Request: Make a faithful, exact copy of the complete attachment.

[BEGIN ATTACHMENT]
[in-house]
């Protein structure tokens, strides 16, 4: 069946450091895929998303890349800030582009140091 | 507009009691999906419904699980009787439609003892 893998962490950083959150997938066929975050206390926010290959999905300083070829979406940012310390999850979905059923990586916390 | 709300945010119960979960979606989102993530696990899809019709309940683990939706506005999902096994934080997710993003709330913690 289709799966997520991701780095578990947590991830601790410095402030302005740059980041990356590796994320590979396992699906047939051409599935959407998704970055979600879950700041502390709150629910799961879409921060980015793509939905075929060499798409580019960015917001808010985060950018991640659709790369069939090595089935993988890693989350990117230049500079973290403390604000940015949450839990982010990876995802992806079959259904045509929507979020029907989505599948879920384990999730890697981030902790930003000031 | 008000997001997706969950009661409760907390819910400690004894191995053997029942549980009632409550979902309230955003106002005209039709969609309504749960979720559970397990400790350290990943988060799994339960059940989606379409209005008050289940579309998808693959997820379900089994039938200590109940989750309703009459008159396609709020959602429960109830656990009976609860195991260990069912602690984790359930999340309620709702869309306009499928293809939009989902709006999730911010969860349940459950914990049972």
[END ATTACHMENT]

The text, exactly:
[in-house]
């Protein structure tokens, strides 16, 4: 069946450091895929998303890349800030582009140091 | 507009009691999906419904699980009787439609003892 893998962490950083959150997938066929975050206390926010290959999905300083070829979406940012310390999850979905059923990586916390 | 709300945010119960979960979606989102993530696990899809019709309940683990939706506005999902096994934080997710993003709330913690 289709799966997520991701780095578990947590991830601790410095402030302005740059980041990356590796994320590979396992699906047939051409599935959407998704970055979600879950700041502390709150629910799961879409921060980015793509939905075929060499798409580019960015917001808010985060950018991640659709790369069939090595089935993988890693989350990117230049500079973290403390604000940015949450839990982010990876995802992806079959259904045509929507979020029907989505599948879920384990999730890697981030902790930003000031 | 008000997001997706969950009661409760907390819910400690004894191995053997029942549980009632409550979902309230955003106002005209039709969609309504749960979720559970397990400790350290990943988060799994339960059940989606379409209005008050289940579309998808693959997820379900089994039938200590109940989750309703009459008159396609709020959602429960109830656990009976609860195991260990069912602690984790359930999340309620709702869309306009499928293809939009989902709006999730911010969860349940459950914990049972």